Our ed­u­cated elites’ eth­i­cal il­lit­er­acy prob­lem

The Washington Times Weekly - - Commentary -

To­day’s topic is the elite that runs the coun­try, drawn over­whelm­ingly from among the top 10 per­cent in in­tel­lec­tual abil­ity, dubbed “the gifted,” and their ed­u­ca­tion in virtue and the Good.

As some­one who has spent a fair amount of time on cam­puses over the past 20 years, I am happy to re­port that to­day’s gifted stu­dents are, for the most part, nice. They are not racist, sex­ist or ho­mo­pho­bic. They want to be gen­er­ous to those who are less for­tu­nate. They say please and thank you.

But be­ing nice is not be­ing good. Liv­ing a nice life is not liv­ing a good life. One of the spe­cial tasks in the ed­u­ca­tion of the gifted is to steep them in the study of what good means — good as it ap­plies to virtue, and the good as a way of think­ing about how to live a hu­man life.

Virtue by what def­i­ni­tion? It sounds like a daunt­ing ques­tion. It is not. The great eth­i­cal and re­li­gious sys­tems of the world are in such re­mark­able agree­ment on the core is­sues that, prac­ti­cally speak­ing, any of them will do. Take the world’s two most in­flu­en­tial sec­u­lar eth­i­cal sys­tems, Aris­totelian and Con­fu­cian, as ex­am­ples. If your chil­dren grow up to be coura­geous, tem­per­ate, able to think clearly about the con­se­quences of their ac­tions, to be con­cerned with the wel­fare of oth­ers, with a sense of obli­ga­tion to set a good ex­am­ple for oth­ers in their own be­hav­ior and to ac­cord to oth­ers their right­ful due — all of which are cen­tral tenets of both eth­i­cal sys­tems — do you re­ally care whether they were raised to be good Aris­totelians or good Con­fu­cians?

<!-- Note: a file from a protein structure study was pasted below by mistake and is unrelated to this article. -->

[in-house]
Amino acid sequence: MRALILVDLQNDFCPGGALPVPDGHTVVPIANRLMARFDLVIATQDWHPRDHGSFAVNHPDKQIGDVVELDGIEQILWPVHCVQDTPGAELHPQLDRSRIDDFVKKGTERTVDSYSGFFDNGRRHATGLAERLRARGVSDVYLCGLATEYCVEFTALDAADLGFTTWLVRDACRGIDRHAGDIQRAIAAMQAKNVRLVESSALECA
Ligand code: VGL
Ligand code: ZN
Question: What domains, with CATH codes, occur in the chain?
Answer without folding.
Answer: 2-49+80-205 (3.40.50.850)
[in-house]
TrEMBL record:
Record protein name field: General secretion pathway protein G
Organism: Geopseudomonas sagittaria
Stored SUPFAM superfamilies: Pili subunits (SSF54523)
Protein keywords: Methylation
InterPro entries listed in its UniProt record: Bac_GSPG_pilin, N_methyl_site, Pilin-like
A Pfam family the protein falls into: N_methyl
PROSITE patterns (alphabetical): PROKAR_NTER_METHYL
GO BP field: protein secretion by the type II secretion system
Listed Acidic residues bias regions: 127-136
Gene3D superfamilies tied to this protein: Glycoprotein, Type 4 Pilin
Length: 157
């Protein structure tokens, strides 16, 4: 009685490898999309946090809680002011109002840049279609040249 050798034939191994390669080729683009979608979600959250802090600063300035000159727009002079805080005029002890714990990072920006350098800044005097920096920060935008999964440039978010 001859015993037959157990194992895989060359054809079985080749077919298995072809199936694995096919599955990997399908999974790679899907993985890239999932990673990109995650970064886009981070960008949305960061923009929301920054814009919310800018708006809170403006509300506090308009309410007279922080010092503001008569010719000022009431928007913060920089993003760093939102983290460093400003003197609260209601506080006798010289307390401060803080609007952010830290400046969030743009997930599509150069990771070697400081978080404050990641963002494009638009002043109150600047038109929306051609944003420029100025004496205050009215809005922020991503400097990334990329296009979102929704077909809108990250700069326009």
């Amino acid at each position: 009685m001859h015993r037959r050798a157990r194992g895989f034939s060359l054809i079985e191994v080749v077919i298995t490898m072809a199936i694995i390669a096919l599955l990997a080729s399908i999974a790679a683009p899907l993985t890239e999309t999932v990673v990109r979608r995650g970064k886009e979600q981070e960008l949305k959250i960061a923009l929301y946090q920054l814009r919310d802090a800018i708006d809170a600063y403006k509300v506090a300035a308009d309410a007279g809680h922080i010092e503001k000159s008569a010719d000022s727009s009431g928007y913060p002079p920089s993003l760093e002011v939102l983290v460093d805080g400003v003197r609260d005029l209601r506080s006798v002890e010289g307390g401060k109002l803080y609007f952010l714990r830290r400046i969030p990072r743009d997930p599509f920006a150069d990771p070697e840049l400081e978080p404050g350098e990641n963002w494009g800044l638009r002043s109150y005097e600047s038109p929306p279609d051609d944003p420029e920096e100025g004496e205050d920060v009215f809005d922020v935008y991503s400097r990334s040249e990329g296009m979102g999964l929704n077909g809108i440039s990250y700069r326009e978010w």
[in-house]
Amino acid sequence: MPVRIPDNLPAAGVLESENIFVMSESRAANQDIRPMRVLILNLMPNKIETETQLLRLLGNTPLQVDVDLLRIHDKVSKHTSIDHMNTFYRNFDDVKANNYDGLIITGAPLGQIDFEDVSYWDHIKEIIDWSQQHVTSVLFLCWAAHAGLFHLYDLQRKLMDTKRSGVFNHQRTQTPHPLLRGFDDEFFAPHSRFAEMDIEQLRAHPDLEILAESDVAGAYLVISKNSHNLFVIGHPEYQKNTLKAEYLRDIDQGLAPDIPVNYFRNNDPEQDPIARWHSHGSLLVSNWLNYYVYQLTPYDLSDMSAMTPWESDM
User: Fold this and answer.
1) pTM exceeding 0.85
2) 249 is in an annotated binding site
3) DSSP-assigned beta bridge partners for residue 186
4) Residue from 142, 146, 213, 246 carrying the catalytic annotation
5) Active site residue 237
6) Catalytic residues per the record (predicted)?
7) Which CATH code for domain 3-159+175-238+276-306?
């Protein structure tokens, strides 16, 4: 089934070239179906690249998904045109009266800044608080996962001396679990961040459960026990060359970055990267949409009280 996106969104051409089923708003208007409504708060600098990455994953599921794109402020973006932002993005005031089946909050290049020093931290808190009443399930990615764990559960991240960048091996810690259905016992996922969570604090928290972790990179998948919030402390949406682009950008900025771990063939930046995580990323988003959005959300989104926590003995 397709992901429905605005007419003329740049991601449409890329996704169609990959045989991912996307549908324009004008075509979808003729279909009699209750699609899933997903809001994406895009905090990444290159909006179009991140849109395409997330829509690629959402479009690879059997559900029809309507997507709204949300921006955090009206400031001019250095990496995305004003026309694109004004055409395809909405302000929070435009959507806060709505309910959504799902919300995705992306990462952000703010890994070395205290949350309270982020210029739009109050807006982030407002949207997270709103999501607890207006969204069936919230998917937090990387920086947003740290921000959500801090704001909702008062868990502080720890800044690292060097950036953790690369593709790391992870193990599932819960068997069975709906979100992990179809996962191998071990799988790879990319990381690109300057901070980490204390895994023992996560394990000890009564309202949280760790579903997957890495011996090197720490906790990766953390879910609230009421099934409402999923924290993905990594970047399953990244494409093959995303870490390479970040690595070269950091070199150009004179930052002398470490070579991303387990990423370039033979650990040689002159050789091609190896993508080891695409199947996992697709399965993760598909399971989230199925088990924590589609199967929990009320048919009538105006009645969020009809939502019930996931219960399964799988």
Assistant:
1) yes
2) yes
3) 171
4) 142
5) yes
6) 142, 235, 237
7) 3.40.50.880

The prob­lem is when they are raised in no tra­di­tion at all, and in­stead im­bibe the reign­ing eth­i­cal doc­trine of con­tem­po­rary academia, non­judg­men­tal­ism. If they were taught merely to be tol­er­ant, fine. But non­judg­men­tal­ism goes much fur­ther, pro­claim­ing that it is a sin to make judg­ments about the rel­a­tive merit of dif­fer­ent ways of liv­ing. Non­judg­men­tal­ism is the in­verse of rigor in think­ing about virtue — a task that, above all else, re­quires the for­ma­tion of con­sid­ered judg­ments.

For think­ing about the Good and its in­ti­mately re­lated ques­tion “What does it mean to live a good hu­man life?” virtue is not enough. It is also nec­es­sary to think about what is the ex­cel­lence pe­cu­liar to hu­man be­ings that we should strive to re­al­ize, and what is the na­ture of hu­man hap­pi­ness.

Here, the great tra­di­tions di­verge, and I am a mul­ti­cul­tur­al­ist. Each of the great tra­di­tions has iden­ti­fied truths about the hu­man con­di­tion that the other tra­di­tions have not un­der­stood as deeply. Again, the prob­lem arises when ed­u­ca­tion teaches none of th­ese un­der­stand­ings of the Good. Ask to­day’s col­lege stu­dents — or col­lege grad­u­ates from the last sev­eral decades — their un­der­stand­ing of the Good, and you may get an an­swer from some of the re­li­giously com­mit­ted stu­dents. From most, you will get a blank stare.